Ashihara-karate uses scientific logic based on natural rationalism and the elimination of all unnecessary things. Traditional karate focuses on a specific technique or solely on strength. Today in society, the “real” form of karate is more necessary, where speed, strength, wit and strategy are combined.
Ashihara-karate is also trying to create a special development environment for its students. If this goal is achieved, then each student has a place where he can train and improve his level.
The style of Ashihara-karate fulfilled this requirement and continues to improve the conditions, trying to bring them closer to real life, that is, to create a “true battlefield.” In a few words, this is the most realistic style of karate. It is important to teach a person to avoid enemy attacks, and, conversely, to manage and even limit him, which is more profitable and effective.
Ashihara-karate seeks to train instructors so that the result is achieved in various ways, depending on your age and physical condition. Not all trainees will become professionals, so it is important that the instructors never forget to be flexible, individually approach each student. This style teaches to avoid enemy attacks; Ashihara-karate is supposed to be a “cunning” style!
It is assumed that the student must always improve and achieve such a level that even if he is defeated by a stronger opponent, he should not stop in his development, but try to become more technical and experienced. Do not be satisfied with the achieved level of skill, but strive in your studies for a more real karate technique. Always be one step ahead of your rivals.
This is all that Kancho Ashihara wanted to convey to his followers.
Ashihara karate today
After the death of Kancho Ashihara, his son, Hidenori Ashihara, led NIKO. Hidenori Ashihara is today our second Kancho to lead a developing organization that now consists of 250 branches representing 35 countries spanning all continents.
Each dojo around the world has direct contact with Honbu in the city of Matsuyama, and each Branch Chief (department head) is responsible for the dojo that he represents.
Since 1994, the Ashihara Karate World Championship has been held: Sabaki Challenge Spirit. The Fourth World Cup, which was held in Denmark in 1997, was first visited by Kancho Ashihara.
Technical aspects of Ashihara karate are formed around 6 main areas:
• four movements.
• sabaki (movement technique)
• Kata Ashihara-karate.
• Realistic approaches to the fight.
These areas reflect the technical nature of Ashihara karate.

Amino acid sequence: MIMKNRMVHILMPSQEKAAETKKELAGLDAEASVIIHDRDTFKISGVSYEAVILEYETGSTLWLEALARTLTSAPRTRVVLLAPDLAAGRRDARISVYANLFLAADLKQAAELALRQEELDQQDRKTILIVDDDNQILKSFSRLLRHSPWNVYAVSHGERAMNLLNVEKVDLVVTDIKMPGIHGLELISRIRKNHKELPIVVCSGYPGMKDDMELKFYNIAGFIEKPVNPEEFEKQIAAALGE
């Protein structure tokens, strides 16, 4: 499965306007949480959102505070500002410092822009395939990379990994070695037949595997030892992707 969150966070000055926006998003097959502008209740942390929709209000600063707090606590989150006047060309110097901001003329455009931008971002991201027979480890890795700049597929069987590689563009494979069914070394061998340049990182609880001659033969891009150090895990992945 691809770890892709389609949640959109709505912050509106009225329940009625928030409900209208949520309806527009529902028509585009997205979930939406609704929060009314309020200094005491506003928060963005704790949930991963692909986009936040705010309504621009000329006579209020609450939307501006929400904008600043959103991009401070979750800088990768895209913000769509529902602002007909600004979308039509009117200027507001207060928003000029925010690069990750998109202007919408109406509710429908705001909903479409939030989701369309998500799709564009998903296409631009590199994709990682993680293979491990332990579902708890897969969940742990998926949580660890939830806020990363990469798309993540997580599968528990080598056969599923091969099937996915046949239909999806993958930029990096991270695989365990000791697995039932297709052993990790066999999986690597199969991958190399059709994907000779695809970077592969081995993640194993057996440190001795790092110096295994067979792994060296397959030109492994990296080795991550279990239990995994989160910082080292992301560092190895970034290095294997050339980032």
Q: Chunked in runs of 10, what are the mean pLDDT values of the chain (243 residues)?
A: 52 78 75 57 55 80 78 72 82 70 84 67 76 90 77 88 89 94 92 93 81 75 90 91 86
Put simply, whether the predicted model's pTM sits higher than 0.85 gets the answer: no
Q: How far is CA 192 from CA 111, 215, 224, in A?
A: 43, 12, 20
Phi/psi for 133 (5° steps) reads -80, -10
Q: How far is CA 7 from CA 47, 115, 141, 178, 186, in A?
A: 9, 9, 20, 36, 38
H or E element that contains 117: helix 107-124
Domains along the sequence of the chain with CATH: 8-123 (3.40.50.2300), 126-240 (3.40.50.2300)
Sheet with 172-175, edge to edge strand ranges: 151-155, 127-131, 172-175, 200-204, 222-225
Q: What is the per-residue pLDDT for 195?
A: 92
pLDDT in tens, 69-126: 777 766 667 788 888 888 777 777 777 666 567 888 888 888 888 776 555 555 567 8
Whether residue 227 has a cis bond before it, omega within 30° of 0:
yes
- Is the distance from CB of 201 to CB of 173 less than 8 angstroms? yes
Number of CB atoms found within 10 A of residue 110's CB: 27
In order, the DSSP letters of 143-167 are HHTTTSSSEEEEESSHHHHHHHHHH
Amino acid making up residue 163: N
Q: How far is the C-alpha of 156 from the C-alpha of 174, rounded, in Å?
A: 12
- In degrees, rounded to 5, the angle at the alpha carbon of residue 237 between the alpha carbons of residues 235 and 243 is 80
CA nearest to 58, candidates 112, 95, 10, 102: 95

Ashihara-karate is based on 21 techniques. The student must strive for the perfection of these techniques in order to overcome obstacles, which is why Ashihara-karate is also called “fighting karate.”
Four movements are the most obvious for Ashihara karate. The ideology of moving around your opponent gives you more opportunities, because Ashihara-karate can be applied to the strongest of the opponents.
Position is a direct consequence of one of the four movements. When using four movements to get around your opponent, you move to different positions.
Sabaki is a difficult concept. The closest term conveying its essence is probably “partner control.” It gives an advantage in controlling the enemy to an even weaker fighter. In Ashihara karate, sabaki plays a significant role, allowing a person of any physique, strength or growth to benefit from training.
Kata Ashihara-karate are based mainly on the control of technology. The kata are applicable to a real combat situation, which makes them unique among the kata of other karate styles. Only six types of kata:
• Initial kata – Shoshinsha no kata.
• Basic kata – Kihon no kata.
• Throwing kata – Nage no kata.
• Sparring kata – Kumite no kata.
• Combat kata – Jissen no kata.
• Self defense kata – Goshin no kata.
All kata are divided into three levels: short, medium and long.
The idea of creating such an amount of kata is that they can be comprehended step by step as the requirements are difficult. Kata can be used to practice combinations alone or with a partner as a training in control techniques.
Realistic approaches to fighting distinguish Ashihara-karate from standard practice. In a real fight, you should strive for victory, to reduce the possibility of damage. We strive to achieve the rational execution of work from our body, and work to improve our speed, methods and strength.
Ashihara karate is very different from traditional karate methods. Obviously, in a duel where both fighters simply collide their foreheads, not even trying to block attacks, the stronger one will win. Too many karate styles, like this, do not pay due attention to protection. This might be acceptable earlier, but today we need a more realistic approach to the fight.